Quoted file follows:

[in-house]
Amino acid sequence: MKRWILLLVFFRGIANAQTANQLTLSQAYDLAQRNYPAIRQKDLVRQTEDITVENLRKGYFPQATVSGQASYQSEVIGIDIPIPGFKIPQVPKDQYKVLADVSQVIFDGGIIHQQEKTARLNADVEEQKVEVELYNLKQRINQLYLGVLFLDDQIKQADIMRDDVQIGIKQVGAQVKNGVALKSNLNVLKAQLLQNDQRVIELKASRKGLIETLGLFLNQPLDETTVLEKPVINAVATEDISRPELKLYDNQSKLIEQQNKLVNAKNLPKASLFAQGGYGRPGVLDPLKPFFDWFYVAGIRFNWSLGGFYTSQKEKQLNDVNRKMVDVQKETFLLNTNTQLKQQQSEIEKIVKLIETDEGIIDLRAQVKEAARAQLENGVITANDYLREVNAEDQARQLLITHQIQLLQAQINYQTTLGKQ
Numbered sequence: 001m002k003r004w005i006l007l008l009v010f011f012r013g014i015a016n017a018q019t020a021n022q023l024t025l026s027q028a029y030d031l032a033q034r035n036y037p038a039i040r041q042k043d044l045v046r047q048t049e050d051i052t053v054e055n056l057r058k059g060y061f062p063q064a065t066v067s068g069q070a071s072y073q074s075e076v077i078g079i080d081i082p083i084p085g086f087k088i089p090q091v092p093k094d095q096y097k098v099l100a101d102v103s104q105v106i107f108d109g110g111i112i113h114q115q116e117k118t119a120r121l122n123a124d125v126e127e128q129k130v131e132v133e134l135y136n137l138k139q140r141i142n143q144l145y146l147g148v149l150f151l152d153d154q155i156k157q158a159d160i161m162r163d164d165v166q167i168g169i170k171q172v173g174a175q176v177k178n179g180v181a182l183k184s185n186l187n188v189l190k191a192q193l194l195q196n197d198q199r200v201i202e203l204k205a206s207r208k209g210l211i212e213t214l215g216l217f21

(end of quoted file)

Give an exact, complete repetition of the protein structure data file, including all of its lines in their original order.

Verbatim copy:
[in-house]
Amino acid sequence: MKRWILLLVFFRGIANAQTANQLTLSQAYDLAQRNYPAIRQKDLVRQTEDITVENLRKGYFPQATVSGQASYQSEVIGIDIPIPGFKIPQVPKDQYKVLADVSQVIFDGGIIHQQEKTARLNADVEEQKVEVELYNLKQRINQLYLGVLFLDDQIKQADIMRDDVQIGIKQVGAQVKNGVALKSNLNVLKAQLLQNDQRVIELKASRKGLIETLGLFLNQPLDETTVLEKPVINAVATEDISRPELKLYDNQSKLIEQQNKLVNAKNLPKASLFAQGGYGRPGVLDPLKPFFDWFYVAGIRFNWSLGGFYTSQKEKQLNDVNRKMVDVQKETFLLNTNTQLKQQQSEIEKIVKLIETDEGIIDLRAQVKEAARAQLENGVITANDYLREVNAEDQARQLLITHQIQLLQAQINYQTTLGKQ
Numbered sequence: 001m002k003r004w005i006l007l008l009v010f011f012r013g014i015a016n017a018q019t020a021n022q023l024t025l026s027q028a029y030d031l032a033q034r035n036y037p038a039i040r041q042k043d044l045v046r047q048t049e050d051i052t053v054e055n056l057r058k059g060y061f062p063q064a065t066v067s068g069q070a071s072y073q074s075e076v077i078g079i080d081i082p083i084p085g086f087k088i089p090q091v092p093k094d095q096y097k098v099l100a101d102v103s104q105v106i107f108d109g110g111i112i113h114q115q116e117k118t119a120r121l122n123a124d125v126e127e128q129k130v131e132v133e134l135y136n137l138k139q140r141i142n143q144l145y146l147g148v149l150f151l152d153d154q155i156k157q158a159d160i161m162r163d164d165v166q167i168g169i170k171q172v173g174a175q176v177k178n179g180v181a182l183k184s185n186l187n188v189l190k191a192q193l194l195q196n197d198q199r200v201i202e203l204k205a206s207r208k209g210l211i212e213t214l215g216l217f21